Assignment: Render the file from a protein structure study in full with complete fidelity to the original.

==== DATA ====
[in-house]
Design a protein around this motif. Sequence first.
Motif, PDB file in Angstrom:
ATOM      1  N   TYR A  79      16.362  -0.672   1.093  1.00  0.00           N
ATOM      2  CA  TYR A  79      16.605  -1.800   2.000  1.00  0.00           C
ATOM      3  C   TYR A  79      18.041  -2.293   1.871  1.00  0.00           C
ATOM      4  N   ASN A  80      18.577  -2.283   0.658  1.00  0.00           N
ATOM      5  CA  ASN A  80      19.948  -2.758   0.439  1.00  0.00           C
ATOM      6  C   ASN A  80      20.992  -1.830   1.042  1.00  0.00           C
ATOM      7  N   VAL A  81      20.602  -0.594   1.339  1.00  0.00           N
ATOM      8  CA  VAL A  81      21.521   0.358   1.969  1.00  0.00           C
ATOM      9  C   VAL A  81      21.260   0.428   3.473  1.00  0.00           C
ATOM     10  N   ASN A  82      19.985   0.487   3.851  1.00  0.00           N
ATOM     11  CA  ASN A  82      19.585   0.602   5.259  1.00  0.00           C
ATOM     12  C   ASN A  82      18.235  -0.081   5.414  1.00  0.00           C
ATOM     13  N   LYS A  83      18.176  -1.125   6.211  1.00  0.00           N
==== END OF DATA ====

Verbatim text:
[in-house]
Design a protein around this motif. Sequence first.
Motif, PDB file in Angstrom:
ATOM      1  N   TYR A  79      16.362  -0.672   1.093  1.00  0.00           N
ATOM      2  CA  TYR A  79      16.605  -1.800   2.000  1.00  0.00           C
ATOM      3  C   TYR A  79      18.041  -2.293   1.871  1.00  0.00           C
ATOM      4  N   ASN A  80      18.577  -2.283   0.658  1.00  0.00           N
ATOM      5  CA  ASN A  80      19.948  -2.758   0.439  1.00  0.00           C
ATOM      6  C   ASN A  80      20.992  -1.830   1.042  1.00  0.00           C
ATOM      7  N   VAL A  81      20.602  -0.594   1.339  1.00  0.00           N
ATOM      8  CA  VAL A  81      21.521   0.358   1.969  1.00  0.00           C
ATOM      9  C   VAL A  81      21.260   0.428   3.473  1.00  0.00           C
ATOM     10  N   ASN A  82      19.985   0.487   3.851  1.00  0.00           N
ATOM     11  CA  ASN A  82      19.585   0.602   5.259  1.00  0.00           C
ATOM     12  C   ASN A  82      18.235  -0.081   5.414  1.00  0.00           C
ATOM     13  N   LYS A  83      18.176  -1.125   6.211  1.00  0.00           N